Temporary Protected Status in the United States

Temporary Protected Status in the United States

There are many reasons that natives of other countries may want to come to the United States. In some cases, countries may be experiencing certain problems that can make it unsafe. It is because of this that the United States offers foreign individuals Temporary Protected Status (TPS).

TPS was created by Congress in the Immigration Act of 1990. It offers a temporary immigration status to nationals of specifically designated countries. These countries must be suffering from ongoing armed conflict, an environmental disaster, or extraordinary and temporary conditions. It provides individuals from these countries with a work permit and a stay of deportation. This status allows migrants to stay in the country for a period of 18 months and the government can renew it indefinitely.

Benefits of TPS

The United States Citizenship and Immigration Services may grant TPS to foreign nationals that are already in the United States, but came from certain designated countries. It is important to know that it is a temporary status that does not lead to becoming a lawful permanent resident or any other immigration status. Benefits of this temporary status can include:

  • Cannot be removed from the United States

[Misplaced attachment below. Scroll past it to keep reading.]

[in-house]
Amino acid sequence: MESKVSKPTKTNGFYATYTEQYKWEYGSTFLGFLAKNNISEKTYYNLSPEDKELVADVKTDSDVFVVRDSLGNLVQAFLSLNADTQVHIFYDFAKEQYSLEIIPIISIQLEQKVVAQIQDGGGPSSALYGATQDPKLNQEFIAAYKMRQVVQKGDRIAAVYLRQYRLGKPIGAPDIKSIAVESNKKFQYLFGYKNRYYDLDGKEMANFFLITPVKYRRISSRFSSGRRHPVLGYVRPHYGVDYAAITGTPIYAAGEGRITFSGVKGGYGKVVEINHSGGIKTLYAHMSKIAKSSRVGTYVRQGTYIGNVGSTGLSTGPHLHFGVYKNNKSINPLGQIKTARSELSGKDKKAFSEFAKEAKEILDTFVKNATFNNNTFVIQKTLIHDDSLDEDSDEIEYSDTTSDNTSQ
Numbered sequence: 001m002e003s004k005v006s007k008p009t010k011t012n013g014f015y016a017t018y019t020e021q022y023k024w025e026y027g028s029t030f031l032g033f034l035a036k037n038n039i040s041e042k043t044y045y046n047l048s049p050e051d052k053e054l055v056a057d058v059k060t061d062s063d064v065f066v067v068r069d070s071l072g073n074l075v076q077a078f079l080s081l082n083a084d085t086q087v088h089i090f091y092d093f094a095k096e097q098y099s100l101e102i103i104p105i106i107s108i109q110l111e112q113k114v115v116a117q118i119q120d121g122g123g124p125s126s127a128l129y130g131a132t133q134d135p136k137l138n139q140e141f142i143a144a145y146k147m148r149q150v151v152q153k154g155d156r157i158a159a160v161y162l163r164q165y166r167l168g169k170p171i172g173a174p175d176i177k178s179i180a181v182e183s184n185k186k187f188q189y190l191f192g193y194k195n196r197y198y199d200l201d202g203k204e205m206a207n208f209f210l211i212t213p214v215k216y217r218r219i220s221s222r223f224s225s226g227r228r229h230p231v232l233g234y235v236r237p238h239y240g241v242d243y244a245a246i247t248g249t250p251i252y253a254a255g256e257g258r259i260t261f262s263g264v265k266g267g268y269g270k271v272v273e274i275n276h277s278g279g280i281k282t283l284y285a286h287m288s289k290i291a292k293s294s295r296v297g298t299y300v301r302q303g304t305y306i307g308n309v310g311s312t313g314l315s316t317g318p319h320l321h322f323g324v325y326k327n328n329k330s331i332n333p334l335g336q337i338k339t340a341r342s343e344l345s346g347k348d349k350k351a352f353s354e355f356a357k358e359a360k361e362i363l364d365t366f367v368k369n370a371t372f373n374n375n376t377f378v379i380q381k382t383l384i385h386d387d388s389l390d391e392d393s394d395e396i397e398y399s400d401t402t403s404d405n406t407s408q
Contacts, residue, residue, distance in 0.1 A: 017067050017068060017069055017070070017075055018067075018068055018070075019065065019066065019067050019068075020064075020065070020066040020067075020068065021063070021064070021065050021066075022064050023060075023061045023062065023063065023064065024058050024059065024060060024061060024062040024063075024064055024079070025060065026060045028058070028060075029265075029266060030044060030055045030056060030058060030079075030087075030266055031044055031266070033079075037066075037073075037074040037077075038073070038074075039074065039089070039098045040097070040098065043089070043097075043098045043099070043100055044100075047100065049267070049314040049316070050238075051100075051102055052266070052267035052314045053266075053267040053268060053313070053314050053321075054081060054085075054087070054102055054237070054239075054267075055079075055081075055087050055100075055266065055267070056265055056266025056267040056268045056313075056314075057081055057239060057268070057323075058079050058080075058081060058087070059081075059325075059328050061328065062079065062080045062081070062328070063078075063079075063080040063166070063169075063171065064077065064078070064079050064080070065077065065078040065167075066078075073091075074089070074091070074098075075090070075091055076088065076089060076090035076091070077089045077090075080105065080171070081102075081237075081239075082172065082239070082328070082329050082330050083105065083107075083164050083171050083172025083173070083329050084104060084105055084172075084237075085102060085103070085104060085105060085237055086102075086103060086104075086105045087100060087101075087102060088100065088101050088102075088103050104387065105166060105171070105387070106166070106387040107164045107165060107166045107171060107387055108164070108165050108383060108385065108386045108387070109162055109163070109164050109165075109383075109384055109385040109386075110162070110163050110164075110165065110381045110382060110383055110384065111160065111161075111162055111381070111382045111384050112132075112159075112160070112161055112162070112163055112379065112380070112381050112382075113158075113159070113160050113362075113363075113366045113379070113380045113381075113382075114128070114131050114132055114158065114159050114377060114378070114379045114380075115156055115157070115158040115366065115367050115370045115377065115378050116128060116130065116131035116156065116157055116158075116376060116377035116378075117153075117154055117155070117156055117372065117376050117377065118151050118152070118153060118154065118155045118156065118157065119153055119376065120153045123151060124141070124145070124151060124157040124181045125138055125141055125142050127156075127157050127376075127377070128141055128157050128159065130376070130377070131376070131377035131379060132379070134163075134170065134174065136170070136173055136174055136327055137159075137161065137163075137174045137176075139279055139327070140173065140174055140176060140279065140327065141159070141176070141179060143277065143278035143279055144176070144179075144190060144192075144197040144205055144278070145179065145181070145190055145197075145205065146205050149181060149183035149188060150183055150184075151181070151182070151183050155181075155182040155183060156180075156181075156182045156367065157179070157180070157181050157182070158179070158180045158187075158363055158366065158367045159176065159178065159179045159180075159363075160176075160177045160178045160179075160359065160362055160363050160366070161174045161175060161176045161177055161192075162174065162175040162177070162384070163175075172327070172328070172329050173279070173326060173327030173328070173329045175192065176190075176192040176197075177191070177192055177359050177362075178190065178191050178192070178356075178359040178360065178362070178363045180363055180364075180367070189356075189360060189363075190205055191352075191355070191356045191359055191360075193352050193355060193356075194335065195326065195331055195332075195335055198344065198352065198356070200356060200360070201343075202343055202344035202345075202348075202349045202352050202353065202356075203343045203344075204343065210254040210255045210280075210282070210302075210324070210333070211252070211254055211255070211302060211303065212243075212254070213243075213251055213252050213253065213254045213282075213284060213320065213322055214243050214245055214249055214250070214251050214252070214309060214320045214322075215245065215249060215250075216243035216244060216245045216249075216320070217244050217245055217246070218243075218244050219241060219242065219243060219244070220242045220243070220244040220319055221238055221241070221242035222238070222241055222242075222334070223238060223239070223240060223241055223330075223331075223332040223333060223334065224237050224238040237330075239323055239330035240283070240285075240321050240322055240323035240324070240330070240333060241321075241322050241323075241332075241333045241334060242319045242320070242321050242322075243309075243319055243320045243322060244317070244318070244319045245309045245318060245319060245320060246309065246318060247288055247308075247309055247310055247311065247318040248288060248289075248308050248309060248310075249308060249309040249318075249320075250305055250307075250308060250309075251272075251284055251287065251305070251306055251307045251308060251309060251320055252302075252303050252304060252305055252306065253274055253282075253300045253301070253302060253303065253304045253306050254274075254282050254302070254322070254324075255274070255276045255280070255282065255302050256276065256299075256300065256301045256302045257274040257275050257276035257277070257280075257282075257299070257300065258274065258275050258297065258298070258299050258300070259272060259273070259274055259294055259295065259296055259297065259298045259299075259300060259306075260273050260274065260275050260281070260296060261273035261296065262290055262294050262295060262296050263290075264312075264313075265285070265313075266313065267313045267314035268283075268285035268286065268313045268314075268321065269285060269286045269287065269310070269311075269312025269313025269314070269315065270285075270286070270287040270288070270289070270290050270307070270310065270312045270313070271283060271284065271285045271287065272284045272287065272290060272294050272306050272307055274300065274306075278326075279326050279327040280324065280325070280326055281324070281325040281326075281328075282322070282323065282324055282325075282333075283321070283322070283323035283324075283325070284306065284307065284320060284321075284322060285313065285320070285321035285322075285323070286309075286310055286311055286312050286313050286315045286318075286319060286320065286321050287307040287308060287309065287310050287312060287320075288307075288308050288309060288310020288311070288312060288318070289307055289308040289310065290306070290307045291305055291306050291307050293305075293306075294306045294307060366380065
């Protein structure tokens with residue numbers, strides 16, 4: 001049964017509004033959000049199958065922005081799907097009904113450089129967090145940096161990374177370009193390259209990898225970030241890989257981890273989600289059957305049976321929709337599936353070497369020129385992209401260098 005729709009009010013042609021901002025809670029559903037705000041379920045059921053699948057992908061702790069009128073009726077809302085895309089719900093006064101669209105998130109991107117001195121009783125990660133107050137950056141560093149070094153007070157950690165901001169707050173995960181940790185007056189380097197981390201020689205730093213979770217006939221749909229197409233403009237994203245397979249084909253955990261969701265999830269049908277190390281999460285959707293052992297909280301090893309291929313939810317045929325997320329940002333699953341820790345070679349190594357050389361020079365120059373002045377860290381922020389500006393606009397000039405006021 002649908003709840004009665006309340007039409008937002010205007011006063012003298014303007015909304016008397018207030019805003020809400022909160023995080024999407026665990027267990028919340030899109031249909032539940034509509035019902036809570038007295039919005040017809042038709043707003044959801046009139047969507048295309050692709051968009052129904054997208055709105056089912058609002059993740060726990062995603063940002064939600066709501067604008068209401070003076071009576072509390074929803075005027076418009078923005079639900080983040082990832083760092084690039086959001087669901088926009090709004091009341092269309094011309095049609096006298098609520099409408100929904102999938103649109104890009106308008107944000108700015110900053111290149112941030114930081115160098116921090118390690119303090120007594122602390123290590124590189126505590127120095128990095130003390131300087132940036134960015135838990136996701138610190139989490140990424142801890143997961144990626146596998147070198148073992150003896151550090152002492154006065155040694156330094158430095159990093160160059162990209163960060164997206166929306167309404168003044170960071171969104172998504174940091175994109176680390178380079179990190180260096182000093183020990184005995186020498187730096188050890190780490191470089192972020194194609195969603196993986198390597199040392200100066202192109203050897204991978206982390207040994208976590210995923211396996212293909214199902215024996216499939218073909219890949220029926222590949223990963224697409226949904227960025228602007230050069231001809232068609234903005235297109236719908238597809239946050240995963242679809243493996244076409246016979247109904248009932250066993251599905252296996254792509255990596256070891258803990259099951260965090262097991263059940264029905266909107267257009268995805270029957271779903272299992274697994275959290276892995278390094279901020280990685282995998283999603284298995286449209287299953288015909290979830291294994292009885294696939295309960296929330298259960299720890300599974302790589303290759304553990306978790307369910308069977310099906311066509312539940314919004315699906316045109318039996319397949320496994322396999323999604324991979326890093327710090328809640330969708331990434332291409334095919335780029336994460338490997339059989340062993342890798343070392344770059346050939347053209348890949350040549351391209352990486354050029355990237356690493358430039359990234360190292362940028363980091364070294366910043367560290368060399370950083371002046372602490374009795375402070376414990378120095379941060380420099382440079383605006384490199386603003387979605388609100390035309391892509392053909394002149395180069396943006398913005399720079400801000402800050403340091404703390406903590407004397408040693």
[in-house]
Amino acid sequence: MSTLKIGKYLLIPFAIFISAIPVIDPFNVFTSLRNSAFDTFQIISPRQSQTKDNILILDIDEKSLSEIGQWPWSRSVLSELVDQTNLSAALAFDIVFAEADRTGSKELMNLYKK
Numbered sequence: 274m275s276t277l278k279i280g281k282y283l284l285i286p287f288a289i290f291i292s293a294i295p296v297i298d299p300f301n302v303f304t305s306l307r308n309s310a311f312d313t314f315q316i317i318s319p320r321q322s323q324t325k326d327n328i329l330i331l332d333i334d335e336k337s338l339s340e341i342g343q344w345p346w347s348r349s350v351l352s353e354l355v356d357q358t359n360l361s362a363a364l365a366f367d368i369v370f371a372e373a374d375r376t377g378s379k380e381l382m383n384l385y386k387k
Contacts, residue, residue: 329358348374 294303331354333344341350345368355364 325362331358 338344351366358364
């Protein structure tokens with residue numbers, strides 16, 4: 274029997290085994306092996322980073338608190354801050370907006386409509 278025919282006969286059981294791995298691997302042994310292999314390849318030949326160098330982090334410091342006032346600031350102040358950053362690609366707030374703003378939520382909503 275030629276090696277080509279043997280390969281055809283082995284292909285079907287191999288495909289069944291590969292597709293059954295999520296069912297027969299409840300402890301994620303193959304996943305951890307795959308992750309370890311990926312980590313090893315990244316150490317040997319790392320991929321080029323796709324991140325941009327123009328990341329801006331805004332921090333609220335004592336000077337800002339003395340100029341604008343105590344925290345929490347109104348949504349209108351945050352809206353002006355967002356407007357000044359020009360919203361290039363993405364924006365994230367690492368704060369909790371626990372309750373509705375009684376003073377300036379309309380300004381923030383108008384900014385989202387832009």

• Authorization to work and can obtain an Employment Authorization Document
  • May be granted travel authorization

Am I Eligible?

In order to receive TPS status, the individual must meet certain requirements. The list of requirements is as follows:

  • Must be a national of a country designated for TPS, or you have no nationality but last habitually resided in a designated TPS country
  • Has had a continuous physical presence in the United States since the effective date of the most recent TPS designation for their country
  • Have been continuously residing in the United States since the date specified for their country
  • Filed the application during the open initial registration period or they meet the requirements for late initial filing during an extension of their country’s TPS designation
  • Have not been convicted of a felony or two or more misdemeanors in the United States
  • Not found inadmissible as an immigrant

How to Apply

To apply for TPS, an individual must follow these steps:

  • Complete Form I-821, the Application for Temporary Protected Status
  • Submit the Filing Fee of $50
  • Complete a Form I-765, the Application for Employment Authorization, even if you are not requesting one
  • Submit evidence including Identity and Nationality Evidence, Date of Entry Evidence, and Continuously Residing/Continuously Physically Present Evidence
  • Sign and file both forms at the correct filing location

After filing, the individual will get a notice that the application was received and a biometrics appointment date if it is applicable. If all the documents check out and there is no additional evidence required, the applicant will be given written notice of approval or denial for their application.

Contact our Firm

John Sesini is an experienced immigration attorney with offices in Green Bay and Milwaukee Wisconsin. If you have any questions regarding immigration law matters, please contact the Sesini Law Group, S.C. and schedule your initial consultation with our firm today.

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